In other words, I don’t want to wait that long on Caro’s story to figure it out.  (Okay, and this is very possibly true for the picture book, too!)

So what am I going to do about it? Well, my first thought was that I needed some brainstorming time with my critique group. So I brought it up at yesterday’s meeting, thinking I’d just schedule 20 minutes or so at our next meeting. But, of course, because they are so amazing, that wasn’t good enough for them. One brilliant critique partner suggested that I could let them know about some missions/goals that I’ve seen in other YA books.

Another light bulb.

So here’s the plan. In the next couple of weeks, I will:

  • Pick a half-dozen of my favorite YA novels and reread at least the first chapter, but most likely up to the point where the inciting incident hits, since I think that incident is a microcosm of the story’s BIG PROBLEM.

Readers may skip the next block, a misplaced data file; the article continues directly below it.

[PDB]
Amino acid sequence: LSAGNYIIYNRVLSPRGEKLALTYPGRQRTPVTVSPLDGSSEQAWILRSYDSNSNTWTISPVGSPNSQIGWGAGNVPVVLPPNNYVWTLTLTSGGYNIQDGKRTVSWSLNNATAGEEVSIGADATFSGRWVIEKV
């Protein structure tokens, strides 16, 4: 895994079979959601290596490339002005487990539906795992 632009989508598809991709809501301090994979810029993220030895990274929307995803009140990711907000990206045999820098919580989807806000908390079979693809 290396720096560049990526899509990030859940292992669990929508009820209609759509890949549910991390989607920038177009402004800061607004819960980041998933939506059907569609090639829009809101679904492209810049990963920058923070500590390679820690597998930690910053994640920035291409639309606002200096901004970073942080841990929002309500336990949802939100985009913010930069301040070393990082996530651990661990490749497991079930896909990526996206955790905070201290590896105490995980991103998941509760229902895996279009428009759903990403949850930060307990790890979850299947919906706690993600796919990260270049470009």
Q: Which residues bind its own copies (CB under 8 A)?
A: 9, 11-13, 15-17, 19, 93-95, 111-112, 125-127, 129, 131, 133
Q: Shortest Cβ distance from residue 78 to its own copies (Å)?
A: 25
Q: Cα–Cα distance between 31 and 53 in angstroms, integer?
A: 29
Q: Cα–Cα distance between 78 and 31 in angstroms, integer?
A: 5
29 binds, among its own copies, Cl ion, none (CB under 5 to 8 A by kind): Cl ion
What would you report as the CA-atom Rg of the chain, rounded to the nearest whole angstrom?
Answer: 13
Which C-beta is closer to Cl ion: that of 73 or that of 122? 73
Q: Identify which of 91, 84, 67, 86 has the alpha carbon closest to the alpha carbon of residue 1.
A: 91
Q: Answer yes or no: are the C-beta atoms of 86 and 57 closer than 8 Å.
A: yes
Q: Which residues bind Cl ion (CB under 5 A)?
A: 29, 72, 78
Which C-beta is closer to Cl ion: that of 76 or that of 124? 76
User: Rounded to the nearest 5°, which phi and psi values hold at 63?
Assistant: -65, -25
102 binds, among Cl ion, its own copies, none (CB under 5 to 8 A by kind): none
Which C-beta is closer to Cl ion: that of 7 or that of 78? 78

• Figure out what the hero wants at that moment, and see if I can come up with how that specific goal plays into the big story goal (which, I think, the hero doesn’t always know until later in the story).
  • See if, in the process, any more light bulbs go off.
  • Bring those goals and my own questions about Caro to my critique group for brainstorming

I’m also, I think, going to read Donald Maass’ The Breakout Novelist. I think Maass’ writing books may be the best I’ve found, for pushing me to actually think about character, instead of just typing away and seeing what comes.

Between Ramona, my critique partners, Donald, and me, I’m guessing Caro and I will get our mission. Or at least get a heck of a lot closer to it!


Contest Winner & a Few Links

Last week, I interviewed Martha Engber about her book The Wind Thief and ran a contest for an ARC of the novel. Today, while my son lay on the couch with another book in hand and a cat on lap, he reached into the bowl for me and drew the winner’s name.